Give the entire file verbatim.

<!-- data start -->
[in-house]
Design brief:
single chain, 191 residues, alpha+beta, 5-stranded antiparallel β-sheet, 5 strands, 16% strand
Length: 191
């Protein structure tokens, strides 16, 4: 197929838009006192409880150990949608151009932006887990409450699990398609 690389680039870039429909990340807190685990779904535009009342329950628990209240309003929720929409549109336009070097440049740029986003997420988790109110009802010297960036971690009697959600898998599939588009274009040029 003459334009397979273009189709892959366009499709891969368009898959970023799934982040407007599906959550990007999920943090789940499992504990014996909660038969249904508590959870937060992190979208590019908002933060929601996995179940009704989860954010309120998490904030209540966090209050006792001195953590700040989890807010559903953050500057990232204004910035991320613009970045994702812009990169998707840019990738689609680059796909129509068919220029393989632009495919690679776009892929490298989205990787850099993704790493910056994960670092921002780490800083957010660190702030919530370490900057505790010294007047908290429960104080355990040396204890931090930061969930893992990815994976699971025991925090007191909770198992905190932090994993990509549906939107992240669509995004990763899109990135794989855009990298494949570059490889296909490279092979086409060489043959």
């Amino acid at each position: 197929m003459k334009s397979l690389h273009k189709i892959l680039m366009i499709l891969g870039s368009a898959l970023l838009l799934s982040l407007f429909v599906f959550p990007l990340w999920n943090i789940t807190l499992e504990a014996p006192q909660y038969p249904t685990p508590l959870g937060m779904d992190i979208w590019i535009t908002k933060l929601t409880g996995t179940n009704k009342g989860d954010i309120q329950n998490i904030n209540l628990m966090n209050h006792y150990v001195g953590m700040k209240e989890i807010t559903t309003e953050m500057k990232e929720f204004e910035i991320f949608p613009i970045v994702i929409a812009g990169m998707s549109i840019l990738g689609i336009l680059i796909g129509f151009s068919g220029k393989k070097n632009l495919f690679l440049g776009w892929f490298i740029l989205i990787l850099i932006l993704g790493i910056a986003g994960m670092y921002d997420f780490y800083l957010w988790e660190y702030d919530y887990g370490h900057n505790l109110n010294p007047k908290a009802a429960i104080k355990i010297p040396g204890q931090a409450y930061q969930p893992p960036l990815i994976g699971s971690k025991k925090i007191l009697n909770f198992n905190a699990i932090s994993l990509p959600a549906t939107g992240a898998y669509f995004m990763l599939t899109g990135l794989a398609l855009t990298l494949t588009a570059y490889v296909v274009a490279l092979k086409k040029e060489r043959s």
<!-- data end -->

[in-house]
Design brief:
single chain, 191 residues, alpha+beta, 5-stranded antiparallel β-sheet, 5 strands, 16% strand
Length: 191
């Protein structure tokens, strides 16, 4: 197929838009006192409880150990949608151009932006887990409450699990398609 690389680039870039429909990340807190685990779904535009009342329950628990209240309003929720929409549109336009070097440049740029986003997420988790109110009802010297960036971690009697959600898998599939588009274009040029 003459334009397979273009189709892959366009499709891969368009898959970023799934982040407007599906959550990007999920943090789940499992504990014996909660038969249904508590959870937060992190979208590019908002933060929601996995179940009704989860954010309120998490904030209540966090209050006792001195953590700040989890807010559903953050500057990232204004910035991320613009970045994702812009990169998707840019990738689609680059796909129509068919220029393989632009495919690679776009892929490298989205990787850099993704790493910056994960670092921002780490800083957010660190702030919530370490900057505790010294007047908290429960104080355990040396204890931090930061969930893992990815994976699971025991925090007191909770198992905190932090994993990509549906939107992240669509995004990763899109990135794989855009990298494949570059490889296909490279092979086409060489043959």
């Amino acid at each position: 197929m003459k334009s397979l690389h273009k189709i892959l680039m366009i499709l891969g870039s368009a898959l970023l838009l799934s982040l407007f429909v599906f959550p990007l990340w999920n943090i789940t807190l499992e504990a014996p006192q909660y038969p249904t685990p508590l959870g937060m779904d992190i979208w590019i535009t908002k933060l929601t409880g996995t179940n009704k009342g989860d954010i309120q329950n998490i904030n209540l628990m966090n209050h006792y150990v001195g953590m700040k209240e989890i807010t559903t309003e953050m500057k990232e929720f204004e910035i991320f949608p613009i970045v994702i929409a812009g990169m998707s549109i840019l990738g689609i336009l680059i796909g129509f151009s068919g220029k393989k070097n632009l495919f690679l440049g776009w892929f490298i740029l989205i990787l850099i932006l993704g790493i910056a986003g994960m670092y921002d997420f780490y800083l957010w988790e660190y702030d919530y887990g370490h900057n505790l109110n010294p007047k908290a009802a429960i104080k355990i010297p040396g204890q931090a409450y930061q969930p893992p960036l990815i994976g699971s971690k025991k925090i007191l009697n909770f198992n905190a699990i932090s994993l990509p959600a549906t939107g992240a898998y669509f995004m990763l599939t899109g990135l794989a398609l855009t990298l494949t588009a570059y490889v296909v274009a490279l092979k086409k040029e060489r043959s």